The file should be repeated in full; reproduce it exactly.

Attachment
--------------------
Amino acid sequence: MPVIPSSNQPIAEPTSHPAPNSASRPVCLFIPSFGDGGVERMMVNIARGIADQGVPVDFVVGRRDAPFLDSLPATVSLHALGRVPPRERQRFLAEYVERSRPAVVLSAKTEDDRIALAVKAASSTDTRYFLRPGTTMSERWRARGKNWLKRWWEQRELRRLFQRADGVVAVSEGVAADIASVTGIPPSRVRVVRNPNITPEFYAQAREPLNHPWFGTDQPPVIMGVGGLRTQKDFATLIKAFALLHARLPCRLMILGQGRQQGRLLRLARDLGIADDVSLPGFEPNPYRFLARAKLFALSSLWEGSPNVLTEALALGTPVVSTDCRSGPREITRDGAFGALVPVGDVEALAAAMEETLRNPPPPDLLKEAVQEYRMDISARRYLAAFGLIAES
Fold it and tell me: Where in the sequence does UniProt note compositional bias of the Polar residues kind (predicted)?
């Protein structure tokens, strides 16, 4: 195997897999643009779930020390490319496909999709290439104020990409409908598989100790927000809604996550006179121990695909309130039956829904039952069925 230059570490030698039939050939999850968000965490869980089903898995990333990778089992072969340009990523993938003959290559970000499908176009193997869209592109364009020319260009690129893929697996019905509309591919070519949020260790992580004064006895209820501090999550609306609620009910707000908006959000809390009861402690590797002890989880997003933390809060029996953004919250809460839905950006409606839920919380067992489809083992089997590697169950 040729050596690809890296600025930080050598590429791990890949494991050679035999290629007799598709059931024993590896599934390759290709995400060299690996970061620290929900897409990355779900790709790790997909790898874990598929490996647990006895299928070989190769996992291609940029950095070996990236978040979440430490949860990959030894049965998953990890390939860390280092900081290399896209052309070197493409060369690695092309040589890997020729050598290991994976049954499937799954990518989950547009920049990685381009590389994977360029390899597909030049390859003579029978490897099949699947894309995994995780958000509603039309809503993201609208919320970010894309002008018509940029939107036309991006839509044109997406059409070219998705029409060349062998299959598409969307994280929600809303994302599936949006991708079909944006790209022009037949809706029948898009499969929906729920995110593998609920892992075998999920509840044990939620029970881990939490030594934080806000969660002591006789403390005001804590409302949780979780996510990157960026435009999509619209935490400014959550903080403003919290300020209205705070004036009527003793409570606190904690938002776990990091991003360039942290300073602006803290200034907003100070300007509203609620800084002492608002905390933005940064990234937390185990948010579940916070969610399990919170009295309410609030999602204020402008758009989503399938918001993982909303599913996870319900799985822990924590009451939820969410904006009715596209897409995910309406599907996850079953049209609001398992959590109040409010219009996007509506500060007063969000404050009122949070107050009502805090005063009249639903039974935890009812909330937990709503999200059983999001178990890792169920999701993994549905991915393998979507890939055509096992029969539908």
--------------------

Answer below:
Amino acid sequence: MPVIPSSNQPIAEPTSHPAPNSASRPVCLFIPSFGDGGVERMMVNIARGIADQGVPVDFVVGRRDAPFLDSLPATVSLHALGRVPPRERQRFLAEYVERSRPAVVLSAKTEDDRIALAVKAASSTDTRYFLRPGTTMSERWRARGKNWLKRWWEQRELRRLFQRADGVVAVSEGVAADIASVTGIPPSRVRVVRNPNITPEFYAQAREPLNHPWFGTDQPPVIMGVGGLRTQKDFATLIKAFALLHARLPCRLMILGQGRQQGRLLRLARDLGIADDVSLPGFEPNPYRFLARAKLFALSSLWEGSPNVLTEALALGTPVVSTDCRSGPREITRDGAFGALVPVGDVEALAAAMEETLRNPPPPDLLKEAVQEYRMDISARRYLAAFGLIAES
Fold it and tell me: Where in the sequence does UniProt note compositional bias of the Polar residues kind (predicted)?
């Protein structure tokens, strides 16, 4: 195997897999643009779930020390490319496909999709290439104020990409409908598989100790927000809604996550006179121990695909309130039956829904039952069925 230059570490030698039939050939999850968000965490869980089903898995990333990778089992072969340009990523993938003959290559970000499908176009193997869209592109364009020319260009690129893929697996019905509309591919070519949020260790992580004064006895209820501090999550609306609620009910707000908006959000809390009861402690590797002890989880997003933390809060029996953004919250809460839905950006409606839920919380067992489809083992089997590697169950 040729050596690809890296600025930080050598590429791990890949494991050679035999290629007799598709059931024993590896599934390759290709995400060299690996970061620290929900897409990355779900790709790790997909790898874990598929490996647990006895299928070989190769996992291609940029950095070996990236978040979440430490949860990959030894049965998953990890390939860390280092900081290399896209052309070197493409060369690695092309040589890997020729050598290991994976049954499937799954990518989950547009920049990685381009590389994977360029390899597909030049390859003579029978490897099949699947894309995994995780958000509603039309809503993201609208919320970010894309002008018509940029939107036309991006839509044109997406059409070219998705029409060349062998299959598409969307994280929600809303994302599936949006991708079909944006790209022009037949809706029948898009499969929906729920995110593998609920892992075998999920509840044990939620029970881990939490030594934080806000969660002591006789403390005001804590409302949780979780996510990157960026435009999509619209935490400014959550903080403003919290300020209205705070004036009527003793409570606190904690938002776990990091991003360039942290300073602006803290200034907003100070300007509203609620800084002492608002905390933005940064990234937390185990948010579940916070969610399990919170009295309410609030999602204020402008758009989503399938918001993982909303599913996870319900799985822990924590009451939820969410904006009715596209897409995910309406599907996850079953049209609001398992959590109040409010219009996007509506500060007063969000404050009122949070107050009502805090005063009249639903039974935890009812909330937990709503999200059983999001178990890792169920999701993994549905991915393998979507890939055509096992029969539908």